Join the HCSF Reading Group to discuss "Tinkers" by Paul Harding
December 10, 2023
All Virtual, Zoom
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Paul Harding 191 pages 2009
Harding's debut novel shocked the literary world when it won the 2010 Pulitzer Prize for Fiction––the first small-independent-press book to do so in 30 years. According to that year’s Jury Chairwoman, "“Sentence for sentence, it was the most beautifully written and most gorgeous use of language of any of the books we looked at.”
From The New Yorker: "Harding's narrator dips in and out of the consciousness of a New England patriarch named George Washington Crosby as he lies dying on a hospital bed in his living room, 'right where they put the dining room table, fitted with its two extra leaves for holiday dinners.' The story traces Crosby’s life back to his hardscrabble Maine childhood, where his father was a tinker and travelling salesman who suffered from epileptic seizures. Crosby’s emotional life is dominated by his father’s abandonment of the family on learning that his wife was planning to have him institutionalized, but the most memorable parts of Harding’s novel may be his depiction of a nineteenth-century landscape complete with mule-drawn carts and “frozen wood so brittle that it rang when you split it.” In Harding’s skillful evocation, Crosby’s life, seen from its final moments, becomes a mosaic of memories, 'showing him a different self every time he tried to make an assessment.’”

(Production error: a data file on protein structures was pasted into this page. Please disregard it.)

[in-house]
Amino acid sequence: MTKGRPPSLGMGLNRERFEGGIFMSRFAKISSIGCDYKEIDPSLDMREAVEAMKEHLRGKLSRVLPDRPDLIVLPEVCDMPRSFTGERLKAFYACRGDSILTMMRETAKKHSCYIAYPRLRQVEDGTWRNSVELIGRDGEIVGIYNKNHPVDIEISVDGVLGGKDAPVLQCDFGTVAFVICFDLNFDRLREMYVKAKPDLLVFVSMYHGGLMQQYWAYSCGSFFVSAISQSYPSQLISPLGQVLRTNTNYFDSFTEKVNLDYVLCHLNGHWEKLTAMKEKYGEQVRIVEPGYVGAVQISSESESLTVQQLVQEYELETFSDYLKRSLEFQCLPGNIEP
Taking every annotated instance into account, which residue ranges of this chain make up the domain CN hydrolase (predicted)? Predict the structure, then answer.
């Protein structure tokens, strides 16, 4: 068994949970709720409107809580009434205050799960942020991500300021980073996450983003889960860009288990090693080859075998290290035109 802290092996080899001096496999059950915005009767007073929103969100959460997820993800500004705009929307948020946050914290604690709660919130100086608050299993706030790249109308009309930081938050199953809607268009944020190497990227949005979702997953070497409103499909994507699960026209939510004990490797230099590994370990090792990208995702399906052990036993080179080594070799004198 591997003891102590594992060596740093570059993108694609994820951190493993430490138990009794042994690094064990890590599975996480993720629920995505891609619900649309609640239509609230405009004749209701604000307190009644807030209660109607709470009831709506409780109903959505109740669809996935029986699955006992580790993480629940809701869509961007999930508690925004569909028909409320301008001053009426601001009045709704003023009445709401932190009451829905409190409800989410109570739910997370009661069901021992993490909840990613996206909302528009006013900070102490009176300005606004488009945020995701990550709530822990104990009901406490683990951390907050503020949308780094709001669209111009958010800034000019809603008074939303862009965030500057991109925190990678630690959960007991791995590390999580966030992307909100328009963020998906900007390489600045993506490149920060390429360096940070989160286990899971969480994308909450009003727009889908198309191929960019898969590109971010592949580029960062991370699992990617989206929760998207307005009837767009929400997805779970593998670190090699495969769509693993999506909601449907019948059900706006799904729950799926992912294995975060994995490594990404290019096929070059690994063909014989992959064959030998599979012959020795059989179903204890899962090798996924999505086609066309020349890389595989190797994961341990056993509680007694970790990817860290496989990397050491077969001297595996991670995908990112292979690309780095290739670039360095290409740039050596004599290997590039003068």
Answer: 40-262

Harding has taught expository writing at Harvard.